Like most writers, I am fairly introspective. I spend time thinking about who I am, what made me this way, and where I’m heading. I have learned that we need to spend time thinking about our dreams, and finding ways to make them a reality. If you find yourself not pursuing your dreams, I encourage you to try working your way through “The Artist’s Way” by Julia Cameron. It is a revealing journey. It taught me that I can make my dreams a reality, and I learned a lot about myself in the process.

One thought I have pondered recently is this – What three things would I do if I knew I could not fail?  1) I would quit my job and I would spend more time writing. 2) I would open a scrapbook store (my favorite stores are the Scrapbook Store & More in Mexico, Missouri and Soul Sentiments in Millersburg, Missouri). 3) I would get my pilot’s license.

I am interested in hearing YOUR three things. Email me or post a comment and tell me your three things. I’ll discuss your responses in a future post. But first . . .  now that you’ve decided what three things you would do, it’s time to take action. Take a moment to consider these things. What can you do to incorporate these things into the coming week? You have 7 days, and 24 hours in each day. Surely you can devote one or two hours to one of these things. For instance, I plan to spend an hour today scrapbooking. Sure, I need to bless my house (for those of you who know Flylady, you know exactly what I’m talking about).  And laundry needs to be done. And I need . . . well, you know how it goes. But I can spare one hour to pursue my dream. That’s all I’m asking. One hour. Are you seriously going to tell me that you are so busy this week that you can’t spend ONE measly hour on your dreams?

I didn’t think so. :o)

Plan your week. Make time for your dreams. They deserve your time and attention.

Facebook: Is it the work of an evil genius?

Link

Facebook: Is it the work of an evil genius?

For years, I stressed to my stepdaughter and daughter the importance of protecting their online identities, and not giving too much personal information to strangers. Then Facebook came along and everyone threw that fear out the window. We now willingly announce our relationship status, our location and what we’re doing every day. Even if you have your privacy settings to allow just friends to know what you’re doing – how well do you know your friends? What about that guy that you went to high school with? The girl that moved away in sixth grade? Facebook has become integrated into our lives so completely that many feel disconnected if they aren’t on. Is it more than social media? What is the next step? A chip implanted that automatically tracks us and updates our location? What about a map instead of a wall, that constantly tracks you and your friends and shows you where each of you are in relation to others? What if it was used by governments? Employers? Stalkers? Serial killers?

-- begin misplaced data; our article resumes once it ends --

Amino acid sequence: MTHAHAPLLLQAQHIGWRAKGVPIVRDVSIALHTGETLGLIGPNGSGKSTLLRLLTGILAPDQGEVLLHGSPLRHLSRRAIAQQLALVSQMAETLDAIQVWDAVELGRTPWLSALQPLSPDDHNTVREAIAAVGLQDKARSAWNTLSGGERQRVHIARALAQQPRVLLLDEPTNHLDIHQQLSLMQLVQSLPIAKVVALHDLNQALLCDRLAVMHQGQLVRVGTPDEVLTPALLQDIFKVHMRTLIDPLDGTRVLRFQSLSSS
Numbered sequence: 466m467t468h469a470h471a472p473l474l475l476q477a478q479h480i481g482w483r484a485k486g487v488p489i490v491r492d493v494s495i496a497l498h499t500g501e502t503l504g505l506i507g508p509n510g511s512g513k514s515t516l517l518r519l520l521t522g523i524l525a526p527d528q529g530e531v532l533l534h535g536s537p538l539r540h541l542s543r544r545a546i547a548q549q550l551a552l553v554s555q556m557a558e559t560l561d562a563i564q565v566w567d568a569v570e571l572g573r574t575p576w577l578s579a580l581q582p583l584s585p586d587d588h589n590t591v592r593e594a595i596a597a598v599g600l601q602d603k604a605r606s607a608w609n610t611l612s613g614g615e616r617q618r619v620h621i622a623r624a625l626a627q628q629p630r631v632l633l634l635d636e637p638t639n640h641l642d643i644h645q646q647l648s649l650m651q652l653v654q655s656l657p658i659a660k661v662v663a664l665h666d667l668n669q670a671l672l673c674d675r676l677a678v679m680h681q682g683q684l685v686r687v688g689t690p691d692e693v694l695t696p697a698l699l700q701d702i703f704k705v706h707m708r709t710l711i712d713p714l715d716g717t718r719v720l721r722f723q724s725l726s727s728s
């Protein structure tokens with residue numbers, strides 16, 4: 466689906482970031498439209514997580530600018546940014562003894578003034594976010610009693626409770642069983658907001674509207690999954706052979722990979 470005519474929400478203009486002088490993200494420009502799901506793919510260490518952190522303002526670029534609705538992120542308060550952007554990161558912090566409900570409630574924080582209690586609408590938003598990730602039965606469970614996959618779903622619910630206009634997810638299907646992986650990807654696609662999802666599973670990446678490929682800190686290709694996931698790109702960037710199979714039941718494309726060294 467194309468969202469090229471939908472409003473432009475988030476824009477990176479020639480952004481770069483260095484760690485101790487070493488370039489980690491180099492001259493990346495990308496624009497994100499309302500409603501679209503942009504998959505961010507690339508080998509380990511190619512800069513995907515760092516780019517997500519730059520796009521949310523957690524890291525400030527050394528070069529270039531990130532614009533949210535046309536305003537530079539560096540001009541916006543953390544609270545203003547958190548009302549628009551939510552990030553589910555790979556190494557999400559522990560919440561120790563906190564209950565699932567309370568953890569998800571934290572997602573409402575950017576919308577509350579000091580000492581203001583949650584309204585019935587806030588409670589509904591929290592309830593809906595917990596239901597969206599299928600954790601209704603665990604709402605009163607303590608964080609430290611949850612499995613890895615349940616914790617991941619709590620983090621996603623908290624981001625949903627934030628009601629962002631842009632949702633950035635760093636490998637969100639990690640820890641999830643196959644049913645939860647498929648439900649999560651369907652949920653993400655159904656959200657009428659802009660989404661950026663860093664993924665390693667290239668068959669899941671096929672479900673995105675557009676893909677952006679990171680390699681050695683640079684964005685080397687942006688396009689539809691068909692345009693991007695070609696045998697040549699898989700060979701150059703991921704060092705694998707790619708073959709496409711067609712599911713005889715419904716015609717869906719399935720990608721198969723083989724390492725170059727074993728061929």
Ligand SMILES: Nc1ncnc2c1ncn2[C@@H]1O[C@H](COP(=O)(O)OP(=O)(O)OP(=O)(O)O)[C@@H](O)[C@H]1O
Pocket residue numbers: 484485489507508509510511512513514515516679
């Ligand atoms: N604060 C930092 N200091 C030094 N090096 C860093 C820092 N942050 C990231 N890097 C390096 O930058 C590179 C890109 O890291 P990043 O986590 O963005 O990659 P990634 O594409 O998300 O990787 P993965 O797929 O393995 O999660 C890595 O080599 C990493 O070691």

The Cure for Cancer

Link

The Cure for Cancer

The novel I am currently working on involves a researcher who believes he has found the cure for cancer. It is always interesting to see how things make the news once a story idea is swirling around in my brain. Perhaps I just notice them now. My brain is receptive to those ideas. In my novel, the researcher works for a private foundation where testing isn’t quite as controlled and careful as one would hope. Although this speeds up his research, the results can be disastrous . . . for him as well as his wife, it turns out. Professor Hawthorne (click the link above) is much more respectable than my character, and I wish him all the best in his continued research at the University of Missouri.